a few more....

For now, while my internet is down, I will just post a few pictures from these buildings. More to come when I have more access.

The Thinker, in front of the entrance
building at Musee Rodin. 

A photograph of a photograph inside the museum.
The subject is Rodin's Balzac, by Edward Steichen, 1908.

Universite de Paris - Fondation Suisse
LeCorbusier and Pierre Jeannerret, 1932

My first Corbu piloti!

Interview with Michael Arad on the Design Observer Group

On the heels of much writing I've done about why writing is an important exercise for an architect, I came across this interview with Michael Arad, the designer of the 9/11 memorial. It nicely sums up some thoughts I've had about the design process, and why it is crucial to communicate the idea over the physical manifestation of that idea:

"Be flexible without losing site of what is important about the project. Learn to separate the essence and the ideas of a project from one of a thousand variations of how it could be. Because every project can be pushed and pulled in different ways without becoming something altogether different. There are certainly lines that if we had crossed them would have taken this project into altogether different territory. And you have to know where those lines are but you also need to not fall in love with one version of your project. Fall in love with the idea. Don't fall in love with that material or that particular form. Fall in love with the intent of your project."

Sunday, September 18, 2011

on writing and the architectural education

"Writing is a part of the architectural process for many people, but most of it does not show up in the final presentation. This is usually attributed to the profession being one for visual learners. As one of these learners I understand that it is easier for some people to process and remember graphic information. I consciously choose to look at pictures and graphics more than text. No matter how much my learning is defined by this, words can still trigger emotions in me that pictures cannot. The problem with text as it is treated in most architectural presentations is not that the viewer is not willing to read it; it is that she is not forced to.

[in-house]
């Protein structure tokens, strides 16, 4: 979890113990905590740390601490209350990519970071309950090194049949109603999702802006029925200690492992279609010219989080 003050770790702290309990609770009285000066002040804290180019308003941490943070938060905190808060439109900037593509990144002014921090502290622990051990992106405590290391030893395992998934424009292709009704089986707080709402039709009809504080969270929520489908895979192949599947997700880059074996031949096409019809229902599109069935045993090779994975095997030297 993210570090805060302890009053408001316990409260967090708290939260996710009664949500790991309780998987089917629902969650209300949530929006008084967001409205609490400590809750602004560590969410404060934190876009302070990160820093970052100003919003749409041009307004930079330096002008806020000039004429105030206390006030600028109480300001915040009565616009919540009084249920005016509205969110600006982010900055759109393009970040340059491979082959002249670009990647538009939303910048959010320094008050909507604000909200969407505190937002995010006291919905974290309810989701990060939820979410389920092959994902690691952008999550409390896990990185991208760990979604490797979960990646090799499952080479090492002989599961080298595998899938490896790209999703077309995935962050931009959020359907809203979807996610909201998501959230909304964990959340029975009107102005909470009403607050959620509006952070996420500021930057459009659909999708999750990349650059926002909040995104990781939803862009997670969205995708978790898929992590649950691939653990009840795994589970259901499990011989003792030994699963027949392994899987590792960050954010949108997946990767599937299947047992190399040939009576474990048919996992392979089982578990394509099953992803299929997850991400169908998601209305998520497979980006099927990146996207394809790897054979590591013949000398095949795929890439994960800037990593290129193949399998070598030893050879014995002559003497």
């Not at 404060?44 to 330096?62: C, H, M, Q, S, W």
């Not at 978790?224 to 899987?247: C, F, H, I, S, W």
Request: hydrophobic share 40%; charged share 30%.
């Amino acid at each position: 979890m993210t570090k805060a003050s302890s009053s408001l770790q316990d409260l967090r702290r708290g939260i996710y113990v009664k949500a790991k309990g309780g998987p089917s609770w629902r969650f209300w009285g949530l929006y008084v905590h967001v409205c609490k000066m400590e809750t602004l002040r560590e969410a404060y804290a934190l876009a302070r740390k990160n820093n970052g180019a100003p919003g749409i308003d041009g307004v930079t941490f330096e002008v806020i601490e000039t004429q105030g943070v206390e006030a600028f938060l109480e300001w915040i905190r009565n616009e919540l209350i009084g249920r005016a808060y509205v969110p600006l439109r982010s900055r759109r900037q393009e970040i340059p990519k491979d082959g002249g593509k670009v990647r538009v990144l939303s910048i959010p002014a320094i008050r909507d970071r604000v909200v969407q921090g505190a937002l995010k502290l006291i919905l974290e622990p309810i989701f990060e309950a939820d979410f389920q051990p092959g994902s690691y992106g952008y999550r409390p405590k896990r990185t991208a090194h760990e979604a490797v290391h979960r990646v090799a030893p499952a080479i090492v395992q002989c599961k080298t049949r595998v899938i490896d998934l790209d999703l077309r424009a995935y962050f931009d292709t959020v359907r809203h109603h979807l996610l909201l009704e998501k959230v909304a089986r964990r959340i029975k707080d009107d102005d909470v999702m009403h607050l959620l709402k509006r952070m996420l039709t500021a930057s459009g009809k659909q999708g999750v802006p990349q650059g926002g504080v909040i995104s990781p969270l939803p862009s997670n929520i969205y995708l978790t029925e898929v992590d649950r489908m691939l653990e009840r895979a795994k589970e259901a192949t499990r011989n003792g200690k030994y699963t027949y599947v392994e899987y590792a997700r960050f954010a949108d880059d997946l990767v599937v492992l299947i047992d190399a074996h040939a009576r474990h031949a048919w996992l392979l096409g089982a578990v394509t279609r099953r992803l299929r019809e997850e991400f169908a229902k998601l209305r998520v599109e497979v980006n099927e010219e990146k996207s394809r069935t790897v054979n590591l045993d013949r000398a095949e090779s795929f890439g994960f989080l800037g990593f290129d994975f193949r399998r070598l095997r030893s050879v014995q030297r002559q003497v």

I believe this to be one of the biggest missed opportunities in architectural education. The power of writing when expressed to a visual audience is that it acts as a catalyst to our graphic imaginations. As a rendering must choose a particular medium to evoke emotion, writing triggers a palette of endless media options inside the viewer’s mind. Words, when chosen correctly, can express ideas and inspire interpretations impossible with our pencils, pens, paints and computers. Most of the critics, reviewers, jurors, and professors who look at our work have the unique ability to graphically interpret ideas better than anyone else in the world. The misunderstanding on our part is that these people are opposed to reading text. For this reason we usually group it together, make it easy to skip over and easy to ignore. Most writing included on a final board does not actually add to the presentation of a building."

This excerpt is taken from a proposal I wrote for the Richard A. Campbell Traveling Scholarship awarded by The University of Oregon. Today I find myself in Paris for the start of my research. For the next five weeks I will be traveling from Paris to the Netherlands, Berlin (maybe), Cologne, and Chur, Switzerland to explore the relationship of writing in the communication of our built environment. This blog will serve as a method of clarity and accountability so I can transcribe my writing in a timely manner before returning to Eugene for a presentation of the work. I will also be showing pictures and paintings produced along the way. Please feel free to comment or email me while I am abroad or anytime after.